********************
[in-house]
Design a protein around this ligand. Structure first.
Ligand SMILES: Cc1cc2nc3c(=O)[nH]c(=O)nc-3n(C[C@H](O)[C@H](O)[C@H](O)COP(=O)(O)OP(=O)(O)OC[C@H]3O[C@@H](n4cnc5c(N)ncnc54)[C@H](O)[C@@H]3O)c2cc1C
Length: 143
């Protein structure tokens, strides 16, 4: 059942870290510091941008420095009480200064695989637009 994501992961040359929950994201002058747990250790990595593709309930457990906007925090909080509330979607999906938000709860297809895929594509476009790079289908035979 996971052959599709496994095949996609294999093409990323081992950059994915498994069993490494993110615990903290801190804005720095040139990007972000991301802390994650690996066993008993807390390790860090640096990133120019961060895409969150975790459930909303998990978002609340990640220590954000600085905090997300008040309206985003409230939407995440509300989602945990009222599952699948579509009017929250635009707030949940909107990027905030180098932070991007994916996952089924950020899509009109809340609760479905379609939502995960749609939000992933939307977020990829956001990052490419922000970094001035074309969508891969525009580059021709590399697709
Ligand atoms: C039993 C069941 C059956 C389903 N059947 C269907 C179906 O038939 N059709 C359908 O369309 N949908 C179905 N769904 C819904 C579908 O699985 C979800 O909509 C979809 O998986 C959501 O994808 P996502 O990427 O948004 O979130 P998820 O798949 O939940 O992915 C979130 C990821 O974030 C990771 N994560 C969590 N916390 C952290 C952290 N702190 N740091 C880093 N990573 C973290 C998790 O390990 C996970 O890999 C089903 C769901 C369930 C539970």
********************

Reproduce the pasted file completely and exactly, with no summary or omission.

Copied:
[in-house]
Design a protein around this ligand. Structure first.
Ligand SMILES: Cc1cc2nc3c(=O)[nH]c(=O)nc-3n(C[C@H](O)[C@H](O)[C@H](O)COP(=O)(O)OP(=O)(O)OC[C@H]3O[C@@H](n4cnc5c(N)ncnc54)[C@H](O)[C@@H]3O)c2cc1C
Length: 143
């Protein structure tokens, strides 16, 4: 059942870290510091941008420095009480200064695989637009 994501992961040359929950994201002058747990250790990595593709309930457990906007925090909080509330979607999906938000709860297809895929594509476009790079289908035979 996971052959599709496994095949996609294999093409990323081992950059994915498994069993490494993110615990903290801190804005720095040139990007972000991301802390994650690996066993008993807390390790860090640096990133120019961060895409969150975790459930909303998990978002609340990640220590954000600085905090997300008040309206985003409230939407995440509300989602945990009222599952699948579509009017929250635009707030949940909107990027905030180098932070991007994916996952089924950020899509009109809340609760479905379609939502995960749609939000992933939307977020990829956001990052490419922000970094001035074309969508891969525009580059021709590399697709
Ligand atoms: C039993 C069941 C059956 C389903 N059947 C269907 C179906 O038939 N059709 C359908 O369309 N949908 C179905 N769904 C819904 C579908 O699985 C979800 O909509 C979809 O998986 C959501 O994808 P996502 O990427 O948004 O979130 P998820 O798949 O939940 O992915 C979130 C990821 O974030 C990771 N994560 C969590 N916390 C952290 C952290 N702190 N740091 C880093 N990573 C973290 C998790 O390990 C996970 O890999 C089903 C769901 C369930 C539970």